Alexander M. Chemers Los Angeles Author  

Melis Atalay Los Angeles Author

The Federal Motor Carrier Safety Administration (FMCSA) regulates the hours of service for drivers of certain property-carrying commercial motor vehicles. The FMCSA’s regulations include meal and rest break rules that generally prohibit drivers from driving if they have gone eight hours without a thirty-minute off-duty or sleeper-berth break. Drivers must also be provided with breaks any time they feel fatigued or are otherwise unable to safely drive.

The FMCSA previously found that these federal regulations preempt California’s meal and rest break rules for covered drivers. Last year, in International Brotherhood of Teamsters, Local 2785 v. Federal Motor Carrier Safety Administration, the U.S. Court of Appeals for the Ninth Circuit upheld the FMCSA’s preemption order by finding that covered drivers do not need to comply with California’s requirements.

Picking up where the Ninth Circuit left off, the California Court of Appeal, Second Appellate District, recently reiterated that the FMCSA preemption applies broadly to covered drivers. The decisionEspinoza v. Hepta Run, Inc.—is published and thus binding on California trial courts.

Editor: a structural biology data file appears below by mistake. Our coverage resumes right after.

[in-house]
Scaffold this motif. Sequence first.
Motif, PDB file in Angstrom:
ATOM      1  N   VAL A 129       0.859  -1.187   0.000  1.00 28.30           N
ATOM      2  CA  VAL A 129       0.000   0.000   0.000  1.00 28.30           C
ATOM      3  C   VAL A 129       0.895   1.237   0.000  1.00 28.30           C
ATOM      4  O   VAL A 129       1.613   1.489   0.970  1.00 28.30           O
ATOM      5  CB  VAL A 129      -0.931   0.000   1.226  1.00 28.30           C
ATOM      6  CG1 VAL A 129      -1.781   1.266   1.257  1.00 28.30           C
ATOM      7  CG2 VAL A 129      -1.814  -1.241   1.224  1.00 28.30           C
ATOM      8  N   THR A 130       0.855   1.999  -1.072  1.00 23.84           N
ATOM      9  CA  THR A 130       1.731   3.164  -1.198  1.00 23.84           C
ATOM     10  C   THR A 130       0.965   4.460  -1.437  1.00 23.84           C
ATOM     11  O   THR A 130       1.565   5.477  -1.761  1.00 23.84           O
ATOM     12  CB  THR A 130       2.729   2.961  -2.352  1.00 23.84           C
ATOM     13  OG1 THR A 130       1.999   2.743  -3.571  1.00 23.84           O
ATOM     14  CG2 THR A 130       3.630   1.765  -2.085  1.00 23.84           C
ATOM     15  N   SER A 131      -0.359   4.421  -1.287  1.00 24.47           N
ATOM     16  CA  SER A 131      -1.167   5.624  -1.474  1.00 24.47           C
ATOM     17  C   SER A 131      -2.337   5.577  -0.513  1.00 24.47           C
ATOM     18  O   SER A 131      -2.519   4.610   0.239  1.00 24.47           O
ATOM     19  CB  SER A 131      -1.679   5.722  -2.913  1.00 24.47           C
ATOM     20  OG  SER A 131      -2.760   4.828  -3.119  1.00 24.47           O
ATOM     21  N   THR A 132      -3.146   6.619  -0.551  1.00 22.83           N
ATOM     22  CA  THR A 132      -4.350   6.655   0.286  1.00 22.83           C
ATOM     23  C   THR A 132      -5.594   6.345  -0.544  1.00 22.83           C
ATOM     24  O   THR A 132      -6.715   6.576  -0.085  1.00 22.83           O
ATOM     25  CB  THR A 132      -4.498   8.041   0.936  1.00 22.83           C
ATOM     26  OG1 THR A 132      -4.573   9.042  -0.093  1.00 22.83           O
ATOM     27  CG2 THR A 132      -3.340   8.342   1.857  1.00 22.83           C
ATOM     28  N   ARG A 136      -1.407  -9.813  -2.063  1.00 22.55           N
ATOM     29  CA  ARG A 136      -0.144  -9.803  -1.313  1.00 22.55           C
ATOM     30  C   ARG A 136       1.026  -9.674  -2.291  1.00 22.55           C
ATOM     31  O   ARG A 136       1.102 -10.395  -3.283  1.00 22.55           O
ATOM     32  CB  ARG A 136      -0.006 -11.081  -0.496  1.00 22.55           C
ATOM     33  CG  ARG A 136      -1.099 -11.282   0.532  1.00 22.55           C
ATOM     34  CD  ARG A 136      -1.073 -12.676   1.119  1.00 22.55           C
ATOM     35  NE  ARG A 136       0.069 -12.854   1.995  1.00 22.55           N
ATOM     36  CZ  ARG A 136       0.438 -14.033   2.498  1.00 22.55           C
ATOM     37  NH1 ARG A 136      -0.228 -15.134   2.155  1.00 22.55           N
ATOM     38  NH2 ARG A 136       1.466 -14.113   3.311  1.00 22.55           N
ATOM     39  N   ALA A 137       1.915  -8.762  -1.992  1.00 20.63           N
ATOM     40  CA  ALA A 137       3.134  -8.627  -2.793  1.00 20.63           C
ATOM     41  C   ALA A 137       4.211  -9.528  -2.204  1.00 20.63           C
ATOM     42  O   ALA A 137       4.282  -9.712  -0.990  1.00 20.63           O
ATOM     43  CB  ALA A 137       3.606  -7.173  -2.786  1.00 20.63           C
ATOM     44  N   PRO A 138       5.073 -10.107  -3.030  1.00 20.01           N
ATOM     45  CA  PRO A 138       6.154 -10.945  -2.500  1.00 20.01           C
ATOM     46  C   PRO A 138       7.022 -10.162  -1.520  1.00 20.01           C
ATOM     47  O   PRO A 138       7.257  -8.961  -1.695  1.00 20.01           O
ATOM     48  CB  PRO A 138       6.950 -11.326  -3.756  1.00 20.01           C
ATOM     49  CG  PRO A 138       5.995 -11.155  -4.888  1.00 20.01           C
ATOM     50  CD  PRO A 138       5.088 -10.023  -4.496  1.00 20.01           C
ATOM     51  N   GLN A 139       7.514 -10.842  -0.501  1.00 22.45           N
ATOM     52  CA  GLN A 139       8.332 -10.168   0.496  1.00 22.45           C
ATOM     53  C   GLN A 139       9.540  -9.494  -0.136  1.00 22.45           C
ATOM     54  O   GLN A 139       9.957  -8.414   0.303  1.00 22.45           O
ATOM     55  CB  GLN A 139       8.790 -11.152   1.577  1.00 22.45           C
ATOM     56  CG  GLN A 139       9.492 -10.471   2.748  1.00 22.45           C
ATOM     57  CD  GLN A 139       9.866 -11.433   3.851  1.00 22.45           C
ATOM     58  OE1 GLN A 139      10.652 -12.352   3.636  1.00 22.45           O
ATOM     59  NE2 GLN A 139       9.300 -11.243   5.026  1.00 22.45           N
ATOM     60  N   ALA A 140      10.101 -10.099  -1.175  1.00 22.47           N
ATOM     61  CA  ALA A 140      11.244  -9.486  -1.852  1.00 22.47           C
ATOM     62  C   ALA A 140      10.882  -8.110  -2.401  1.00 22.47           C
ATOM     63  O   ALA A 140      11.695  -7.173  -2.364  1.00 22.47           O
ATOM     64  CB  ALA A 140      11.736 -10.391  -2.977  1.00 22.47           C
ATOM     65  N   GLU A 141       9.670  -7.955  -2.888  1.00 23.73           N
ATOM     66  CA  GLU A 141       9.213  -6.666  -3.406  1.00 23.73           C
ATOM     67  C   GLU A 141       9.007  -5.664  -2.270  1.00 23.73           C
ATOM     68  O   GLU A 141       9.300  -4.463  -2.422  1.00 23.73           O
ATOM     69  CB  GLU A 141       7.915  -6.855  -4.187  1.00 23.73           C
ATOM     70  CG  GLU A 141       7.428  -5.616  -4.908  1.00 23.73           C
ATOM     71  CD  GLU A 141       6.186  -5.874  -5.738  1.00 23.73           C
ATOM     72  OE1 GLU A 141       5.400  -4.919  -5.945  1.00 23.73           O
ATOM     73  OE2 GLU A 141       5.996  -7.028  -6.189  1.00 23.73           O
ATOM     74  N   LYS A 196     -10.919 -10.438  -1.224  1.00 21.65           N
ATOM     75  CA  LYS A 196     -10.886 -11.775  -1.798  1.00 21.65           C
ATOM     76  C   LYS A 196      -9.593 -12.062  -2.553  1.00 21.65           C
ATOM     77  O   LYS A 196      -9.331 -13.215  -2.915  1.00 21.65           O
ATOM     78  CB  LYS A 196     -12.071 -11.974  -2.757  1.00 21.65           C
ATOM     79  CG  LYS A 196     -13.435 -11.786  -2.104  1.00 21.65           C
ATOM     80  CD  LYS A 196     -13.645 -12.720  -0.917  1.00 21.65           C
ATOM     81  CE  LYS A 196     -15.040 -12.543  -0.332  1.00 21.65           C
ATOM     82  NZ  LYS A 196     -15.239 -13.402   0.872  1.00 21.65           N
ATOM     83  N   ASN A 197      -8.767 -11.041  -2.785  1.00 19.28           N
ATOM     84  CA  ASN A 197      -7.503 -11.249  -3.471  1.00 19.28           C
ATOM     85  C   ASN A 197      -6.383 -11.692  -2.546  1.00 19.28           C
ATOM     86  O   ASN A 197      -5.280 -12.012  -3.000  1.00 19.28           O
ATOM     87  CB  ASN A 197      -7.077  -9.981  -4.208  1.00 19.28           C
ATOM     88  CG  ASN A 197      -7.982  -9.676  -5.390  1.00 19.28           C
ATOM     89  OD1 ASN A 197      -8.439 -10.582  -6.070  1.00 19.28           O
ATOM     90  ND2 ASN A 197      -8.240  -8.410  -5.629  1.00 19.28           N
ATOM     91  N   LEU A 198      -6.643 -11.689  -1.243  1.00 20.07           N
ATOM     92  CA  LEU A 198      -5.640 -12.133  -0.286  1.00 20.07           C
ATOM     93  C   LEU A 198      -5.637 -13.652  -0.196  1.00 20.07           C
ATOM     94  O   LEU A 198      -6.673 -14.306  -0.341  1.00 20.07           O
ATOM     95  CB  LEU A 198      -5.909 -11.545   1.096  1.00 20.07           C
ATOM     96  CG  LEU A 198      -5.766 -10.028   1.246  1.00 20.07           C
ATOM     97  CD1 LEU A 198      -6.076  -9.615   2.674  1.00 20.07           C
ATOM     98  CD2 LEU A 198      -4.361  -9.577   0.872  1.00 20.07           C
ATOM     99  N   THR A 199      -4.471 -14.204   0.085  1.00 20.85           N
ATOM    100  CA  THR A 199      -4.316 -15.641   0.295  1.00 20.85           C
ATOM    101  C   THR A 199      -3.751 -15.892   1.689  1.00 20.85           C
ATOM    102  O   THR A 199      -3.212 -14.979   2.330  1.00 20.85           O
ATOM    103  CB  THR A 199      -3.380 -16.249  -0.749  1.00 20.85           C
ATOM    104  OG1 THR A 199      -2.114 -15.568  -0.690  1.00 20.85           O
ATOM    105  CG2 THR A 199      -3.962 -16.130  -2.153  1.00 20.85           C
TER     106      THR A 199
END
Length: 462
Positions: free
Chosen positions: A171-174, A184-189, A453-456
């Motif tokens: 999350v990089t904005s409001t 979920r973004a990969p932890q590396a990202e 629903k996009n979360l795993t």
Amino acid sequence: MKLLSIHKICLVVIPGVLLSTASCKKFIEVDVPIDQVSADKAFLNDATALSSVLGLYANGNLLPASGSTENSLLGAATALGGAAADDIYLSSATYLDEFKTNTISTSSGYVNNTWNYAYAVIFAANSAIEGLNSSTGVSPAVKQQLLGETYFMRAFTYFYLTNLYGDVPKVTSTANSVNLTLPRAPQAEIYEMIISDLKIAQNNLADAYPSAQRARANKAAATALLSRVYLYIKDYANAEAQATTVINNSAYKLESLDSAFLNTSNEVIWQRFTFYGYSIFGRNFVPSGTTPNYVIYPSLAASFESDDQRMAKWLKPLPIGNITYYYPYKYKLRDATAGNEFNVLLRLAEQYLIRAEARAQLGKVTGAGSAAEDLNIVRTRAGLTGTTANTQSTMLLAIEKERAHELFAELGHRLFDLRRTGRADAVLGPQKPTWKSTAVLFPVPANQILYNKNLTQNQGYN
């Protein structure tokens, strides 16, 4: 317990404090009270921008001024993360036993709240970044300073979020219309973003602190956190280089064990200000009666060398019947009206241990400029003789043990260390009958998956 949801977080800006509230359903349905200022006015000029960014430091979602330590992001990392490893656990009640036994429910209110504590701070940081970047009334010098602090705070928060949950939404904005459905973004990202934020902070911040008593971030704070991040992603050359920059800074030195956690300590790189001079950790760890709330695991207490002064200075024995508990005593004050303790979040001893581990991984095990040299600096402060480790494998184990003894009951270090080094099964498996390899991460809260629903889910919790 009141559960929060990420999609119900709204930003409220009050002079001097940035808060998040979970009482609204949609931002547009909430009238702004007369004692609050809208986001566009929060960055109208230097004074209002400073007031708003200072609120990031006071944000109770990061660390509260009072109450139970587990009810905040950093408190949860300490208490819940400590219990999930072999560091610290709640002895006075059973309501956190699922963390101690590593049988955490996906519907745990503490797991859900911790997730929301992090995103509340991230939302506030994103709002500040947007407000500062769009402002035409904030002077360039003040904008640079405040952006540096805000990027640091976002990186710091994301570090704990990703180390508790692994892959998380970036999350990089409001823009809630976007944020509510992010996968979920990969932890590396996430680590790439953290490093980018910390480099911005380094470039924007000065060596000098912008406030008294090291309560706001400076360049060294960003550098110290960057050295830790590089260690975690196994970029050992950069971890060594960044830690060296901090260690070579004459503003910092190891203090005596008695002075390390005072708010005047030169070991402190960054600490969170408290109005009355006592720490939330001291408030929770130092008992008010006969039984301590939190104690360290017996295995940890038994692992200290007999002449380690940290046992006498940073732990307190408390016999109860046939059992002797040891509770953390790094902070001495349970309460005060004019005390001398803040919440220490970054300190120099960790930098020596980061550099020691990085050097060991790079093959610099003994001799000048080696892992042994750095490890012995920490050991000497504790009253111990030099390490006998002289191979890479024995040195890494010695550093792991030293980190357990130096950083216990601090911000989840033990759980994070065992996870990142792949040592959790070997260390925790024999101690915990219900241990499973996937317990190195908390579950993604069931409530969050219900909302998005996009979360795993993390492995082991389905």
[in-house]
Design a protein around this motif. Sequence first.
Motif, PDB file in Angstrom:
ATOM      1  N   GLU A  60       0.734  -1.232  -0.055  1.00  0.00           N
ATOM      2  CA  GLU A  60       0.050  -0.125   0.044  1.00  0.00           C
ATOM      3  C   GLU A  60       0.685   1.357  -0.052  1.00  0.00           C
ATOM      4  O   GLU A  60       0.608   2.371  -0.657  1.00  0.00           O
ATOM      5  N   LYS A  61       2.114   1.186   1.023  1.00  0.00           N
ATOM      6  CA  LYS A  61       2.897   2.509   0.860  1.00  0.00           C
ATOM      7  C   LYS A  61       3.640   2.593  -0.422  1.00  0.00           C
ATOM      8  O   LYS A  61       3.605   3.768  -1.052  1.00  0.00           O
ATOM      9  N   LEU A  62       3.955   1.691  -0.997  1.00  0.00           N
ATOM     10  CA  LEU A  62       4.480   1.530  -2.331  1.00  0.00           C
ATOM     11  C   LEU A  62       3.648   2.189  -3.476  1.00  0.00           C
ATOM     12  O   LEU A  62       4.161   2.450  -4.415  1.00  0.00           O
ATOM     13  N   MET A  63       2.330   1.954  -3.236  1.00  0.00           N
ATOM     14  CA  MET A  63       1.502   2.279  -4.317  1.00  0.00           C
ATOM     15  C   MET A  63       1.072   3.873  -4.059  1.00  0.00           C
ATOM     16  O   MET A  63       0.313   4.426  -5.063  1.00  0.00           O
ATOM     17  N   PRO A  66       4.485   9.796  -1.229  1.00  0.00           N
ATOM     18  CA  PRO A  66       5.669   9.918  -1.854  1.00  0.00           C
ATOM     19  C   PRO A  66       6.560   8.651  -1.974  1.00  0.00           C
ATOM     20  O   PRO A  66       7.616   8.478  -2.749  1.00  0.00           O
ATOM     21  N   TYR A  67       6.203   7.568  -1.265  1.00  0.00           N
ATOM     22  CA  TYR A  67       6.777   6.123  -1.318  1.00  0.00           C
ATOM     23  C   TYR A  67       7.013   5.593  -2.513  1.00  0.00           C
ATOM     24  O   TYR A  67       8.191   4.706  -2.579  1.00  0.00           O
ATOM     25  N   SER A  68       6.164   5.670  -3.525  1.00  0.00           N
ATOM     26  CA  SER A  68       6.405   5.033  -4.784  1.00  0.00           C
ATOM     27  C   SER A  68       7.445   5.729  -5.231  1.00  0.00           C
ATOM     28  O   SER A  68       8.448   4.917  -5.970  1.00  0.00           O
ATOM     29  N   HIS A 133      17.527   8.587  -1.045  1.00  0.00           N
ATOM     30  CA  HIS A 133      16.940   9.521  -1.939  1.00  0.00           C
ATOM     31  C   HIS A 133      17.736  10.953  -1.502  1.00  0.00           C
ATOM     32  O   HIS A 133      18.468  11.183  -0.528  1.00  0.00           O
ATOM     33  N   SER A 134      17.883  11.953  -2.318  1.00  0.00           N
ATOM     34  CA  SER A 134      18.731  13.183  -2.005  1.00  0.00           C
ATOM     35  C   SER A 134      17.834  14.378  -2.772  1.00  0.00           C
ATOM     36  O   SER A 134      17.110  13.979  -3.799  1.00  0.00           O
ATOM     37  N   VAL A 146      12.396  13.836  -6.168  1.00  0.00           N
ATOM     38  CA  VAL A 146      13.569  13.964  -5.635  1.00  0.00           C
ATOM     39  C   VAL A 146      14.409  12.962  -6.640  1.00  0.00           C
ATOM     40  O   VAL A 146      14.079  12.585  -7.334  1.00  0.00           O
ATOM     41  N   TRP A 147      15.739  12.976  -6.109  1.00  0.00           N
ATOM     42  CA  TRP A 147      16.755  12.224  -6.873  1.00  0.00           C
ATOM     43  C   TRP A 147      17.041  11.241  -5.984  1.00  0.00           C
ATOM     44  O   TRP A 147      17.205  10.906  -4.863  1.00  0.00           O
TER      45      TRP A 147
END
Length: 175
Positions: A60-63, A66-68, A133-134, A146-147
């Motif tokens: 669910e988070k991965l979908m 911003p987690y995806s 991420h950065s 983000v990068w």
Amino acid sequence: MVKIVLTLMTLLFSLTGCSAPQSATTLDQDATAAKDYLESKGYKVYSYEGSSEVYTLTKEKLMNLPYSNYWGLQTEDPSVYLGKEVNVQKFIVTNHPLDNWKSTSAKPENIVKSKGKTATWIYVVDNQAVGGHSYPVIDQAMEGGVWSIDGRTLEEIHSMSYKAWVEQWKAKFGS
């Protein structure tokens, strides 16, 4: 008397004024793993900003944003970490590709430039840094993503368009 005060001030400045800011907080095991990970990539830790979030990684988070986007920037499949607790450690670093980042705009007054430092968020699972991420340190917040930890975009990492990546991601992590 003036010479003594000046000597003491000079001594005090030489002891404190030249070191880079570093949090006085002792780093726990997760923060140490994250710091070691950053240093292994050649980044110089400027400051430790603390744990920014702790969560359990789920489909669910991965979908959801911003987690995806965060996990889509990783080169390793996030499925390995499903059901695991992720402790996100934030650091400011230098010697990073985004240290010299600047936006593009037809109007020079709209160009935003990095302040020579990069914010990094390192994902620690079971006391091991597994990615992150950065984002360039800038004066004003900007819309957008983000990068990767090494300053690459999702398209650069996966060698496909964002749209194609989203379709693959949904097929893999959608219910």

At issue in Espinoza was the trial court’s order denying summary adjudication of a short-haul driver’s meal and rest break claims. Unlike long-haul drivers, short-haul drivers are not required to take thirty-minute breaks. Based on this exception, the plaintiff argued—and the trial court agreed—that federal preemption did not apply to short-haul drivers, who are exempted from the FMCSA’s thirty-minute rest break rule.

The appellate court disagreed, explaining that it “decline[d] to adopt such a strained and cramped interpretation of the FMCSA’s preemption order.” Rather, the court stated, the “common sense interpretation” is that the FMCSA’s regulations still preempt California’s break requirements for short haul drivers. One of the FMCSA’s proffered reasons for regulating breaks—building flexibility to allow drivers to decide when they safely need to take breaks—would be frustrated if short-haul drivers were required to take breaks pursuant to California law.

“Given that short haul drivers are not required to take any specified rest breaks under the federal rules, the Agency’s concern over California’s additional rest break requirement would be heightened for short haul drivers, not diminished,” the court wrote.

The court therefore concluded that it was error for the trial court to have found that California’s meal and rest break laws for short-haul drivers were not preempted by the FMCSA’s regulations.

The Espinoza decision recognizes that covered drivers are subject to a comprehensive scheme of federal regulations. It further confirms that the FMCSA’s meal and rest break preemption applies broadly to the trucking industry.